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Mariama Bâ (1929–1981)

Author of So Long a Letter

4+ Works 1,428 Members 47 Reviews 1 Favorited

About the Author

The promising literary career of Mariama Ba ended with her death in 1981 at the age of 52, just before the publication of her second novel, Le Chant Ecarlate (The Scarlet Song), a poetic drama of a love affair between a Senegalese student and the daughter of a French diplomat. Like the works of show more many other feminist African women writers, Ba's writing challenges many prevalent stereotypes that reinforce the African woman's acceptance of her "place" in society. Her first novel, So Long a Letter (1979), which revealed her clarity of vision and persuasive rhetoric, is written in an epistolary style. The long letter from one female friend to another is a deeply moving account of a Muslim woman's innermost feelings and emotional survival following her husband's decision to take a second, and much younger, wife. The novel has been translated into more than 15 languages and has received international acclaim. In 1980 Mariama Ba received the Noma Award for the best novel published in Africa. (Bowker Author Biography) show less

Works by Mariama Bâ

So Long a Letter (1981) 1,308 copies
Scarlet Song (1981) 118 copies
Fiabe orientali (2012) 1 copy

Associated Works

Tagged

Common Knowledge

Canonical name
Bâ, Mariama
Birthdate
1929-04-17
Date of death
1981-08-17
Gender
female
Nationality
Senegal
Birthplace
Dakar, Senegal
Place of death
Dakar, Senegal
Places of residence
Dakar, Senegal
Education
Ecole Normale de Rufisque
Occupations
primary school teacher
school inspector
Awards and honors
Noma Prize (1980, Un Si Longue Lettre)

Members

Reviews

So Long a Letter is an epistolary novel and semiautobiographical. It is a series of letters by Ramatoulaye Fall to her lifelong friend, Aissatou. Both women are betrayed by their husbands, who take second wives, but they respond in very different ways. This is a gentle novel, not forceful like Emecheta's The Joys of Motherhood or as anti-Colonial as Nervous Conditions. Instead the reader is brought into Ramatoulaye's personal space as though these intimate letters are addressed to us, and we are invited to understand her perspective even if, like Aissatou, we would have chosen to act differently. I very much enjoyed this short novel and wish that Bâ had been able to continue writing (she died at age 52, shortly after her second work was published). So Long a Letter won the Noma Award for best novel published in Africa in 1980.… (more)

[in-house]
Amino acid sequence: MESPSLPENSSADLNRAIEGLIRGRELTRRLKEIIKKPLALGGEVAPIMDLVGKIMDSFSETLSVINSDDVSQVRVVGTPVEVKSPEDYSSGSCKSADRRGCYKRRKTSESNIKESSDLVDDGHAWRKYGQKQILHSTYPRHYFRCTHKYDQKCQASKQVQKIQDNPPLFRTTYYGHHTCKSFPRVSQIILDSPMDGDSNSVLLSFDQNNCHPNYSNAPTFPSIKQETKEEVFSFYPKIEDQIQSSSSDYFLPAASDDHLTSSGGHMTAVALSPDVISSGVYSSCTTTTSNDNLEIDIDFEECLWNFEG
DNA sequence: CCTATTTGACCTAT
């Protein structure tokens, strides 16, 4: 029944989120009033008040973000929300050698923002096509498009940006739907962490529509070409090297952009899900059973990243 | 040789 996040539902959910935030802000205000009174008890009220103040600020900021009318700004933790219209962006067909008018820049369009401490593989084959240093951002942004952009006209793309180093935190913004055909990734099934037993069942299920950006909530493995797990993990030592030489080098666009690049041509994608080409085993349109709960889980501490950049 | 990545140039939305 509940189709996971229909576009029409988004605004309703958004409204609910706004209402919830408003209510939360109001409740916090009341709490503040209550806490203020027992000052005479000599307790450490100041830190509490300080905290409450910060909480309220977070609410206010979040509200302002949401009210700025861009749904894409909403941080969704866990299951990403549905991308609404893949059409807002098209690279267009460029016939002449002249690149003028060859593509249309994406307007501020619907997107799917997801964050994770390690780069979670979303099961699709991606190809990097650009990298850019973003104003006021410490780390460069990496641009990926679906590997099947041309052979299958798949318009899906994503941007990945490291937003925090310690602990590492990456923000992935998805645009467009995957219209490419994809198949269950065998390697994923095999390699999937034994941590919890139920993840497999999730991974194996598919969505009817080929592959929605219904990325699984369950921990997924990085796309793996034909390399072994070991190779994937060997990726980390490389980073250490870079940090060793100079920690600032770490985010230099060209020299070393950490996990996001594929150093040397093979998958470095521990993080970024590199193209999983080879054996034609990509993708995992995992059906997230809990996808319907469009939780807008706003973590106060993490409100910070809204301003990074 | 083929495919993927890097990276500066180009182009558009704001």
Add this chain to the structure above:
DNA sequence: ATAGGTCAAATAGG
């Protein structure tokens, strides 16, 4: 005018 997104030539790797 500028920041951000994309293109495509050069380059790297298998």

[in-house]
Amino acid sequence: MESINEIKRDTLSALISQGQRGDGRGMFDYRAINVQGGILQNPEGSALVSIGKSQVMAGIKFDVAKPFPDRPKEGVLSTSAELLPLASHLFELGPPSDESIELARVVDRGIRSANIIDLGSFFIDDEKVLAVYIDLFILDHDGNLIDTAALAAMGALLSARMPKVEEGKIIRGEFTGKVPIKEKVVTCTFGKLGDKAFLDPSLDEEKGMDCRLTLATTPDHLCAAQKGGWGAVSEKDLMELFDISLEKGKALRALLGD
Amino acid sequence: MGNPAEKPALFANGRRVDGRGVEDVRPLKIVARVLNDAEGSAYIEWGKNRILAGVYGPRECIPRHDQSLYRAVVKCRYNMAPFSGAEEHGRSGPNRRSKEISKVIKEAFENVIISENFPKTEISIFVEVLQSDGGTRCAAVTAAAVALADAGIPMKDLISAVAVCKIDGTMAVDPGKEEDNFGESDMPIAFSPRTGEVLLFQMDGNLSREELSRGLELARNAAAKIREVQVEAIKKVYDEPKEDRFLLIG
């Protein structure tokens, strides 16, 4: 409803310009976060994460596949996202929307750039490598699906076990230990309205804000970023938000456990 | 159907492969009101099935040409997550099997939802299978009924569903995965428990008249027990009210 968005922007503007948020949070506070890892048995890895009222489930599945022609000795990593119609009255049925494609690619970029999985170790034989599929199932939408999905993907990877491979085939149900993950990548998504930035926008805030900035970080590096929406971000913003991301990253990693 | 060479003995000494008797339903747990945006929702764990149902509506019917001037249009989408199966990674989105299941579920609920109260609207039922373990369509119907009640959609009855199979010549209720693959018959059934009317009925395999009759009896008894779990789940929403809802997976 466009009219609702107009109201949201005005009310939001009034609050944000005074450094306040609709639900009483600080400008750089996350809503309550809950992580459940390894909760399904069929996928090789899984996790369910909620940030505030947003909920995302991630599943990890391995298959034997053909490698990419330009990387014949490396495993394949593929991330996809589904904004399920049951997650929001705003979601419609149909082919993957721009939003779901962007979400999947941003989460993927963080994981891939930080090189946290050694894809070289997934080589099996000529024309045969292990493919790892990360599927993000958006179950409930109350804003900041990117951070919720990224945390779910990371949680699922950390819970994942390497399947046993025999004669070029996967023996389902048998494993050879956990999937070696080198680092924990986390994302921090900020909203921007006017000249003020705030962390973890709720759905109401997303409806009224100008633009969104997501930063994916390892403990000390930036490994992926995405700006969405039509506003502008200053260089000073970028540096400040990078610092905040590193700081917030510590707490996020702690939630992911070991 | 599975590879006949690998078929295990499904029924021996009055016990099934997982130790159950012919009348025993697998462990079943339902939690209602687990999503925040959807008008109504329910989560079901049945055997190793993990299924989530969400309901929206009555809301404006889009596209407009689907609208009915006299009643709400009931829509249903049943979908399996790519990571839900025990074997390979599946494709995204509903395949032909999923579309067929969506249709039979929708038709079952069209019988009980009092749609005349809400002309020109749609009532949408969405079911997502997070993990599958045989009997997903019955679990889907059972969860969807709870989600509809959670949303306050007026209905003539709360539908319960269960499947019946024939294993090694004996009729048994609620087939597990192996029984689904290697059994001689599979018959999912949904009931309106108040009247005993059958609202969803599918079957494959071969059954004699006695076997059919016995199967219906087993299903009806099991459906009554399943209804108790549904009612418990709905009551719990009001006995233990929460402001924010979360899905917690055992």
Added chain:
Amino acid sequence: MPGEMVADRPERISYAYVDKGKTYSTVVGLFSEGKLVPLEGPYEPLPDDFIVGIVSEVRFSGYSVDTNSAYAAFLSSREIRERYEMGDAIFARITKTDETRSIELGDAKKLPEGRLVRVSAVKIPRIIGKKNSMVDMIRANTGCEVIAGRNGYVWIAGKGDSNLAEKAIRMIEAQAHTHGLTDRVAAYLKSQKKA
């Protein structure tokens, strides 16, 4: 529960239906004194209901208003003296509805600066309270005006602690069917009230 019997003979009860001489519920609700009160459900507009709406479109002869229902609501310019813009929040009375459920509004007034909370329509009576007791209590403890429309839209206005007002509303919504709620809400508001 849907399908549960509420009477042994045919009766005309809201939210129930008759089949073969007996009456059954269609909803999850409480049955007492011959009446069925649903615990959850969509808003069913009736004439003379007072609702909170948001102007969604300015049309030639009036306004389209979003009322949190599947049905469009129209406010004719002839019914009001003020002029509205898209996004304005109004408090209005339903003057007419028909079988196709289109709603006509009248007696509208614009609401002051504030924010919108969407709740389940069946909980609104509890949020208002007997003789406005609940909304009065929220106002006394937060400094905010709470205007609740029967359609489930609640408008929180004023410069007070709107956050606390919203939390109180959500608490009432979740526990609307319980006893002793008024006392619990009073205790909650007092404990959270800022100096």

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labfs39 | 42 other reviews | Dec 31, 2023 |
 
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mmcrawford | 42 other reviews | Dec 5, 2023 |
Mariama Ba's epistolary novel of Ramatoulaye's correspondence with her friend Aissatou offers a modern perspective on being a wife and mother in Senegalese society. The women in this story see polygamy as a plague, allowing their husbands the freedom to rip out the roots of their domestic life on a whim. Ramatoulaye is also deeply concerned with raising her daughters to be educated and independent. Throughout, she faces the pitfalls of being a single mother in a fairly conservative society and facing the reproval of her community.… (more)
 
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jonbrammer | 42 other reviews | Jul 1, 2023 |
Reason Read: TBR takedown 1001
This is a work of feminism by Senegalese author. I enjoyed reading this story of a woman who is in the period of mourning following the death of her husband. This is a story of a woman who’s husband had taken a younger wife. It explores what this meant to have a cowife. It also explores what it is like to be a part of a husband’s family. In her writing, or journal, she writes to her friend whose husband also took a second younger wife. That woman chose to divorce. Both women are very strong women who live up to their own standards. Many good thoughts in this book. Recommended.… (more)
 
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Kristelh | 42 other reviews | Dec 9, 2022 |

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Statistics

Works
4
Also by
2
Members
1,428
Popularity
#18,017
Rating
3.8
Reviews
47
ISBNs
52
Languages
13
Favorited
1

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